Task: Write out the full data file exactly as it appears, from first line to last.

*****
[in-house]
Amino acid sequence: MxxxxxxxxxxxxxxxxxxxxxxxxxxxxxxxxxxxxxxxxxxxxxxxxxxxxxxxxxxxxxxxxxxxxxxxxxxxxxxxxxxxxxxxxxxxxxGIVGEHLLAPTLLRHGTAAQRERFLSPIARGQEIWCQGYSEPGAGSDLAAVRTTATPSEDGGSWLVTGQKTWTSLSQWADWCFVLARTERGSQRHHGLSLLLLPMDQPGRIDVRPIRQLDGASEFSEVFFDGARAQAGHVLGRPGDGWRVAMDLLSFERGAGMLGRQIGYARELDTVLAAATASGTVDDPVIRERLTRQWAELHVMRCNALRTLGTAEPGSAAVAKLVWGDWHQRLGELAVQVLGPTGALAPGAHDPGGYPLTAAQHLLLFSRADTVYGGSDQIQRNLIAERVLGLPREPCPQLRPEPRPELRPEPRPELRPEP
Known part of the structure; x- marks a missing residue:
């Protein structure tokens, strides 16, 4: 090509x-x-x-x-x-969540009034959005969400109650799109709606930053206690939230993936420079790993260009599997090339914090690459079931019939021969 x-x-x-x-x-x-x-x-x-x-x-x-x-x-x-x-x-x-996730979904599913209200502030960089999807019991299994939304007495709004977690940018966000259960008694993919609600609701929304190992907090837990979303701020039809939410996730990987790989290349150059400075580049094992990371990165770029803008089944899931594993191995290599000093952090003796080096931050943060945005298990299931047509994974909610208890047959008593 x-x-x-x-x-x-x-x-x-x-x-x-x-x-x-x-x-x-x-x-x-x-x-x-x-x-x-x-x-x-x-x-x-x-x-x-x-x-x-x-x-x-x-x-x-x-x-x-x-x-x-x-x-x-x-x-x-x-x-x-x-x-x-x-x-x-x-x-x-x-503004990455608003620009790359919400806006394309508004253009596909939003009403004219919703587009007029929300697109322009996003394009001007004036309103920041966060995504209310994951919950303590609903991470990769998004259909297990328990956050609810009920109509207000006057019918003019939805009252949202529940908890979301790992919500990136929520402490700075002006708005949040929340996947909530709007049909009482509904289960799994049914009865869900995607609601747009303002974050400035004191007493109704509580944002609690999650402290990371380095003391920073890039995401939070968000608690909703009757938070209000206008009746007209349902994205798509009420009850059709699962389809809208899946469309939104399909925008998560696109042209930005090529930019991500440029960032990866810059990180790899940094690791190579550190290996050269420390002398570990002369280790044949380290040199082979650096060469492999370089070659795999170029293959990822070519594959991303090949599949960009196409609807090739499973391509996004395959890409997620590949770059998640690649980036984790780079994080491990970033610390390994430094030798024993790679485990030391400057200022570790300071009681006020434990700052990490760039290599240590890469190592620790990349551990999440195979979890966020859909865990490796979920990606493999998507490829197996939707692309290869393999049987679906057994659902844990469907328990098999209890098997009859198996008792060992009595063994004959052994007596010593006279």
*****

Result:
[in-house]
Amino acid sequence: MxxxxxxxxxxxxxxxxxxxxxxxxxxxxxxxxxxxxxxxxxxxxxxxxxxxxxxxxxxxxxxxxxxxxxxxxxxxxxxxxxxxxxxxxxxxxxGIVGEHLLAPTLLRHGTAAQRERFLSPIARGQEIWCQGYSEPGAGSDLAAVRTTATPSEDGGSWLVTGQKTWTSLSQWADWCFVLARTERGSQRHHGLSLLLLPMDQPGRIDVRPIRQLDGASEFSEVFFDGARAQAGHVLGRPGDGWRVAMDLLSFERGAGMLGRQIGYARELDTVLAAATASGTVDDPVIRERLTRQWAELHVMRCNALRTLGTAEPGSAAVAKLVWGDWHQRLGELAVQVLGPTGALAPGAHDPGGYPLTAAQHLLLFSRADTVYGGSDQIQRNLIAERVLGLPREPCPQLRPEPRPELRPEPRPELRPEP
Known part of the structure; x- marks a missing residue:
């Protein structure tokens, strides 16, 4: 090509x-x-x-x-x-969540009034959005969400109650799109709606930053206690939230993936420079790993260009599997090339914090690459079931019939021969 x-x-x-x-x-x-x-x-x-x-x-x-x-x-x-x-x-x-996730979904599913209200502030960089999807019991299994939304007495709004977690940018966000259960008694993919609600609701929304190992907090837990979303701020039809939410996730990987790989290349150059400075580049094992990371990165770029803008089944899931594993191995290599000093952090003796080096931050943060945005298990299931047509994974909610208890047959008593 x-x-x-x-x-x-x-x-x-x-x-x-x-x-x-x-x-x-x-x-x-x-x-x-x-x-x-x-x-x-x-x-x-x-x-x-x-x-x-x-x-x-x-x-x-x-x-x-x-x-x-x-x-x-x-x-x-x-x-x-x-x-x-x-x-x-x-x-x-x-503004990455608003620009790359919400806006394309508004253009596909939003009403004219919703587009007029929300697109322009996003394009001007004036309103920041966060995504209310994951919950303590609903991470990769998004259909297990328990956050609810009920109509207000006057019918003019939805009252949202529940908890979301790992919500990136929520402490700075002006708005949040929340996947909530709007049909009482509904289960799994049914009865869900995607609601747009303002974050400035004191007493109704509580944002609690999650402290990371380095003391920073890039995401939070968000608690909703009757938070209000206008009746007209349902994205798509009420009850059709699962389809809208899946469309939104399909925008998560696109042209930005090529930019991500440029960032990866810059990180790899940094690791190579550190290996050269420390002398570990002369280790044949380290040199082979650096060469492999370089070659795999170029293959990822070519594959991303090949599949960009196409609807090739499973391509996004395959890409997620590949770059998640690649980036984790780079994080491990970033610390390994430094030798024993790679485990030391400057200022570790300071009681006020434990700052990490760039290599240590890469190592620790990349551990999440195979979890966020859909865990490796979920990606493999998507490829197996939707692309290869393999049987679906057994659902844990469907328990098999209890098997009859198996008792060992009595063994004959052994007596010593006279």